General election 2024: What this could mean for the property market



With the UK having had the worst decade of house shortages since World War Two, never has it been more important for every political party to prioritise building more affordable housing.

Owing to the shortage of homes, as we all know, house prices have rocketed, making it even harder for first time buyers to save for a deposit.

This is especially true for the younger generation, with recent figures showing that by 2026, only a quarter of people under 34 are expected to own a property compared to 2006, where half of this demographic were on the property ladder.

With the average deposit needed for a house in London being £144,500, it’s no surprise that millennials and people off all ages for that matter, are struggling to own their own home.

So, how are each party planning on tackling this issue if they are successful on Thursday and what impact will that have on the bridging finance market moving forward?

Let’s start with the Conservative and Labour parties who in some respects are not providing too dissimilar promises when it comes to tackling the housing market crisis.

Starting with the Conservatives, Rishi Sunak, has promised to build 1.6 million new homes in England in the next five years.

The “build more houses in the right places” party slogan has been adapted to focus on building property on urban, brownfield land, with the promise of fast-tracking planning for this type of housing, in turn helping to form new communities in major cities across the UK.

In terms of helping first time buyers, the Conservatives have pledged to raise the value of houses that require stamp duty (the tax on buying a home) to be paid from 300,000 to £425,000.

Turning to Labour’s manifesto, Sir Keir Starmer’s ‘get Britain building again’, is pledging to build 1.5 million new homes with social rental housing being the top priority.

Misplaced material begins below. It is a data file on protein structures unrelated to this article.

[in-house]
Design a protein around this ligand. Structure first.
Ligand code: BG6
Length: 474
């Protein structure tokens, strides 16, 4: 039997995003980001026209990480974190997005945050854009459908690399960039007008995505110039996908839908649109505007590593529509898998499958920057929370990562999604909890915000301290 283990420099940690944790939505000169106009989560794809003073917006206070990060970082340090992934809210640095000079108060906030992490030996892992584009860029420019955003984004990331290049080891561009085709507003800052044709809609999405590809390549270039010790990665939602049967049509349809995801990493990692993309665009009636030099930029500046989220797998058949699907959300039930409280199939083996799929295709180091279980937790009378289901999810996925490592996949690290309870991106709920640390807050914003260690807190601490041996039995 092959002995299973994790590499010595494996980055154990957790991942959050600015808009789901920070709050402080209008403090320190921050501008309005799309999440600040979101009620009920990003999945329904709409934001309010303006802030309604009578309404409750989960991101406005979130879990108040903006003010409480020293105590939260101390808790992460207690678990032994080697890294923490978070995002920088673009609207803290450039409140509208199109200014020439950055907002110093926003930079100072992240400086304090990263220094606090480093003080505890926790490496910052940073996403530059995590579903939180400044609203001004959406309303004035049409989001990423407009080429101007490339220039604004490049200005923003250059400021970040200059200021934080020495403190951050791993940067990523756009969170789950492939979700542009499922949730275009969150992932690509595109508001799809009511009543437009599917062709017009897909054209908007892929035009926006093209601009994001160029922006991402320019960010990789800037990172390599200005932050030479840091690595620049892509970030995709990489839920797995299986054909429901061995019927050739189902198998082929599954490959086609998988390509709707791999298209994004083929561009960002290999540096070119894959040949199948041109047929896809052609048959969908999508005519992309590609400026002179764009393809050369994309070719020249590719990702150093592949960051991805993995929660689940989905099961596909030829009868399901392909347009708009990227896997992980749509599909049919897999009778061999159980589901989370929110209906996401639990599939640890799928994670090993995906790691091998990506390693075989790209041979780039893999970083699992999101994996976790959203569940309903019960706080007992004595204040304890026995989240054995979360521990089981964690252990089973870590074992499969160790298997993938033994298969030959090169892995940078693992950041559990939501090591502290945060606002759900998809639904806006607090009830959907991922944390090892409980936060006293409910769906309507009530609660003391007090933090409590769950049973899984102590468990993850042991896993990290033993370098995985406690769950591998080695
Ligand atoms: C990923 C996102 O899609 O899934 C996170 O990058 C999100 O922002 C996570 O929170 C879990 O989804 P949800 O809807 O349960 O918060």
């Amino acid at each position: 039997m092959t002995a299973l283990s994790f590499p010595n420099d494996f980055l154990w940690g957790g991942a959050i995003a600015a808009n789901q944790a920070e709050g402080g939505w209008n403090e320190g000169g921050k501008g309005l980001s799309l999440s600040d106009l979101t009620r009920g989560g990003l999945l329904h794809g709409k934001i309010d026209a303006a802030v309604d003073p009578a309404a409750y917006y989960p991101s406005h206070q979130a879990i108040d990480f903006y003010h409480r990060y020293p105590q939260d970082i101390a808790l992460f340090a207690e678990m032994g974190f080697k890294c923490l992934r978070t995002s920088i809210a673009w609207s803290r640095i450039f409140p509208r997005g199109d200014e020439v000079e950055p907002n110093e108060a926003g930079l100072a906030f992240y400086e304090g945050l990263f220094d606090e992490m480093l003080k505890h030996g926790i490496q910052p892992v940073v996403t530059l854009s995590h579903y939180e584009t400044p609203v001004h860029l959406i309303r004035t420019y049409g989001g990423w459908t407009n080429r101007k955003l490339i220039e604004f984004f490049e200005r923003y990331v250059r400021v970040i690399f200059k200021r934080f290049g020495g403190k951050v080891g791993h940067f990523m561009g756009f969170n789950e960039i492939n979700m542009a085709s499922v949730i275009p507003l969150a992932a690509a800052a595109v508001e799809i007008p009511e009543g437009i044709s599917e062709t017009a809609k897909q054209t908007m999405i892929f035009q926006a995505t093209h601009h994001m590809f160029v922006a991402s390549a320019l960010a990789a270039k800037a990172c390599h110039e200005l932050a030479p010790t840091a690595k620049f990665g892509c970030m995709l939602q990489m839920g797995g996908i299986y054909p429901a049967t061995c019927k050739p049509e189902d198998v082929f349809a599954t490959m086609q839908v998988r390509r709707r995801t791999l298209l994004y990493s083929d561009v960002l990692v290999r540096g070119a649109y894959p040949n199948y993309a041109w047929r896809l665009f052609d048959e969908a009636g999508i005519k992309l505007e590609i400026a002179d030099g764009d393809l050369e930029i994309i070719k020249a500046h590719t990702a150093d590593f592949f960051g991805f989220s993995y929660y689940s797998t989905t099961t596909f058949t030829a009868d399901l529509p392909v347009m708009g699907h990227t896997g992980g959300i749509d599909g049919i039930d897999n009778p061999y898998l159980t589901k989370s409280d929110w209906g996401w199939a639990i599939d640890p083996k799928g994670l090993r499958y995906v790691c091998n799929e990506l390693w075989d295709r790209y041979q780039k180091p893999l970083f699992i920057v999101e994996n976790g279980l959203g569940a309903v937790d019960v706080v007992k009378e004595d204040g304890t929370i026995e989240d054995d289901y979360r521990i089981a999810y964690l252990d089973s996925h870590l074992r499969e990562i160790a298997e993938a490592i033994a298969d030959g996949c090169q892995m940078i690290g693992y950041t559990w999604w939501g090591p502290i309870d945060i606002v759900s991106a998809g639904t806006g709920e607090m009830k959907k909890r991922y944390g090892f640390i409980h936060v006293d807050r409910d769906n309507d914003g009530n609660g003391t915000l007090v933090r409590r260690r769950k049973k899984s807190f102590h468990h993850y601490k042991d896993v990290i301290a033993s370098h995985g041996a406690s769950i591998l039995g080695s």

Similarly to Conservative’s ambitions, many of these new homes have been suggested to be built in new towns as well as prime urban areas.

To support those who are eager to get on the property ladder, the Labour manifesto acknowledges that homeownership is now out of reach for too many young people, which is why first-time buyers would be given priority on buying homes in new developments rather than overseas investors.

If Conservatives or Labour were to be successful, it’s clear both parties are heavily prioritising creating affordable housing, which will not only be significant in helping more first-time buyers step onto the ladder, but also rejuvenating certain arears throughout the UK.

Reviewing Reform UK’s manifesto, there are also some similarities Nigel Farage is promising to enable more people achieve owning their own home.

While there being an absence of any housebuilding targets, Reform UK has most notably stated, that in the first 100 days, they will investigate and improve the planning system, fast-tracking planning and tax incentives for the development of brownfield sites.